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Pharma/fine chemicals roundup—12 March
7:51 AM MDT | March 12, 2013 | By DEEPTI RAMESH
China to establish a more powerful food and drug safety watchdog
The Chinese government says that it will elevate the status of the existing State Food and Drug Administration (Beijing) in order to strengthen regulation and boost people's confidence in the country's food and drug products. The proposed ministry-level General Administration of Food and Drug will replace a large group of overlapping regulators with an entity similar to the US FDA, the government says. Overlapping supervision by various departments and some supervision blind spots are weak links in the current food safety supervision system, the government says.
Ranbaxy’s API business reports rise in sales
The active pharmaceutical ingredient (API) business of Indian pharmaceutical major Ranbaxy Laboratories (Gurgaon, India) recorded sales of 2.14 billion Indian rupees ($39.5 million) in the fourth quarter ended 31 December 2012, compared with sales of Rs2.08 billion in the year-ago quarter. For the full-year 2012, Ranbaxy’s API business recorded sales of Rs7.30 billion compared with sales of Rs6.98 billion in 2011. Profits for the API business were not disclosed.
Ashland to expand pharmaceutical center in Delaware
Ashland says it plans to expand its pharmaceutical research and development unit at the Ashland Research Center at Wilmington, DE. Ashland will expand its existing capabilities to include formulation development and GMP contract manufacturing services for solid dispersions and oral solid dosages. To support early-stage clinical trials, the expansion will include spray drying and extrusion processes previously located at Columbia, MD. About 20 positions will be relocated from Columbia to Wilmington in connection with the expansion, Ashland says. The company expects the new facility to be operational by summer 2014. Ashland currently has pharmaceutical technology centers at Buenos Aires; São Paulo; Shanghai; Düsseldorf; Hyderabad, India; Istanbul; and Mexico City, in addition to Wilmington.
Dow names new pharma and food solutions head
Dow Chemical announced that is has named Marc van Gerwen global business director for Dow’s pharma and food solutions unit, formally known as Dow Wolff Cellulosics. Van Gerwen has been with Dow since 2007 as strategic planner for Rohm and Haas’s Europe, Mideast, and Africa region. In 2009, he joined Dow's microbial control business as global commercial director, where he helped move the business into shale gas. In 2011, he joined Dow Wolff Cellulosics as global marketing and sales leader. Van Gerwen succeeds Martin Sonntag, who is leaving the company.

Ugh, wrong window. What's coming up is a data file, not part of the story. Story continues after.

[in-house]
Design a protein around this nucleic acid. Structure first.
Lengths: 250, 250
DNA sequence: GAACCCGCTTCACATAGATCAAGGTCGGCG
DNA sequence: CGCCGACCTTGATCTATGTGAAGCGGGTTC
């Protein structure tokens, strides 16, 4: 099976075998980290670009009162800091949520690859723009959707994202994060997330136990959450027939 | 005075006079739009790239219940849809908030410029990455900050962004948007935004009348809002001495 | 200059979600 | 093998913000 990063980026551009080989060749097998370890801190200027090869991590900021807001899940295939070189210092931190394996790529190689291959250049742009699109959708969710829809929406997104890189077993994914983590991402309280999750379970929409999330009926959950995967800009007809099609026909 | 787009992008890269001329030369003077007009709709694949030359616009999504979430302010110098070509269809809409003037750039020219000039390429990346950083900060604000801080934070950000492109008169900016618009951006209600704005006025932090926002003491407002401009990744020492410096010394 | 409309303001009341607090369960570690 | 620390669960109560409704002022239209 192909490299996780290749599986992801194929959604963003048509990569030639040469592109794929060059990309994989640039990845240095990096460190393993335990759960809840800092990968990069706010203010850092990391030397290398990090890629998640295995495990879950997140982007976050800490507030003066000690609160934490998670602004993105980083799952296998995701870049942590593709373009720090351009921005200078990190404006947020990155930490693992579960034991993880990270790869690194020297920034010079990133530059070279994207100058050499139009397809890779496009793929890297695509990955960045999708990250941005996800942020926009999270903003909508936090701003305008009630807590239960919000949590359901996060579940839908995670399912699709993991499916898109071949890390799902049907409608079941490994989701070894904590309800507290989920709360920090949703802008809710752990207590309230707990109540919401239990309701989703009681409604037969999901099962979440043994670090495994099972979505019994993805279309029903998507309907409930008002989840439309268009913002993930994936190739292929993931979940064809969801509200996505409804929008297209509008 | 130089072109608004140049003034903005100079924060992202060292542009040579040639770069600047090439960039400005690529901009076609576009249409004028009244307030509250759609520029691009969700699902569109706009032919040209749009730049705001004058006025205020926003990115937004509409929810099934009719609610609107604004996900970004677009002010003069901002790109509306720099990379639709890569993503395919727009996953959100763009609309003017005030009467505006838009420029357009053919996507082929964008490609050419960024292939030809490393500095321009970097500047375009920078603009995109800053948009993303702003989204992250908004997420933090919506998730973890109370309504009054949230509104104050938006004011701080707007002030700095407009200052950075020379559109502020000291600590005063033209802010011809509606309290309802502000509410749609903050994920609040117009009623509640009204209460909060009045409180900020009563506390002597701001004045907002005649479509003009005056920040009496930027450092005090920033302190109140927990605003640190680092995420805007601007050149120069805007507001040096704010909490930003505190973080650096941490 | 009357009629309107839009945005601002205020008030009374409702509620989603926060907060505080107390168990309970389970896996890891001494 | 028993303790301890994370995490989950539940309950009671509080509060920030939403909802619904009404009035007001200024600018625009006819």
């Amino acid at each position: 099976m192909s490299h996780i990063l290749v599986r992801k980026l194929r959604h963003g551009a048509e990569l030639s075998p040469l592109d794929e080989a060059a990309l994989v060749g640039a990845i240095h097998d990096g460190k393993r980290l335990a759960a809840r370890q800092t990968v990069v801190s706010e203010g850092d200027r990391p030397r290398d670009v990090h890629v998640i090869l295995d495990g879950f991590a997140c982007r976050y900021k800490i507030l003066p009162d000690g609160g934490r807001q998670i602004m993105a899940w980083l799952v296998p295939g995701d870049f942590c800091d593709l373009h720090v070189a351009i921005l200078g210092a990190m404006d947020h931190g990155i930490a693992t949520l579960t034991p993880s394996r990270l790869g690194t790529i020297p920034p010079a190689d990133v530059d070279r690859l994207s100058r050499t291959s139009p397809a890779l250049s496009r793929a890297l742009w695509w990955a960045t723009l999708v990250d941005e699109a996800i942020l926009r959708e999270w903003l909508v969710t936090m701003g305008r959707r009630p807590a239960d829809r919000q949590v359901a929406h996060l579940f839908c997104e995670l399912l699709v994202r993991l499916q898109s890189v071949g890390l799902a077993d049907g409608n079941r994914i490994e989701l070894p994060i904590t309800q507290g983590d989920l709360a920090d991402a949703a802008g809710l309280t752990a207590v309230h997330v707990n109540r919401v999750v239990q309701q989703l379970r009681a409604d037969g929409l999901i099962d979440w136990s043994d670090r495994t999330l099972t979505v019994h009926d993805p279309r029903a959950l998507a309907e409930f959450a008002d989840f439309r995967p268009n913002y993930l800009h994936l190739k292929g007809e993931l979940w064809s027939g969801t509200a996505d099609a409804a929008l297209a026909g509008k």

DBV Technologies signs API manufacturing deal with Sanofi
DBV Technologies (Bagneux, France) says it has entered into a manufacturing agreement with Sanofi (Paris) to produce Viaskin’s active pharmaceutical ingredients (API). Viaskin is a new standard in the treatment of allergies, DBV says. “The strategic manufacturing agreement with Sanofi is an important step for DBV in the light of Viaskin’s late-stage development and potentially fast-coming commercialization,” says Pierre-Henri Benhamou, chairman and CEO of DBV. “We believe that the extraction and protein expertise of Sanofi, notably at the Aramon [France] site, will highly benefit DBV, thereby securing our API procurement in the years to come.”
DSM Sinochem launches new API
DSM Sinochem Pharmaceuticals (DSP; Singapore), the former DSM Anti-Infectives business, says it has added Puriclor (cefaclor) to its DSMPureActives range of enzymatically produced active pharmaceutical ingredients (API). Puriclor, a second-generation cephalosporin antibiotic, is used to treat bacterial infections such as pneumonia as well as ear, throat, and urinary tract infections. DSM and Sinochem completed a deal in August 2011 to establish a 50-50 joint venture for the DSM Anti-Infectives business. Sinochem acquired a 50% stake in DSM Anti-Infectives for €210 million ($273 million), creating DSP. The jv develops, produces, and sells raw materials, intermediates, and APIs for anti-infectives such as antibiotics and antifungals, and APIs for other therapeutic classes such as cholesterol-lowering medicines. Puriclor is the first second-generation semisynthetic cephalosporin (SSC) product to be produced in DSPs new multiproduct plant at Zibo, China. The launch of Puriclor allows DSP to further drive its growth in SSCs and perfectly fits in the company strategy of strengthening the beta-lactam business and broadening DSP’s API portfolio, the company says.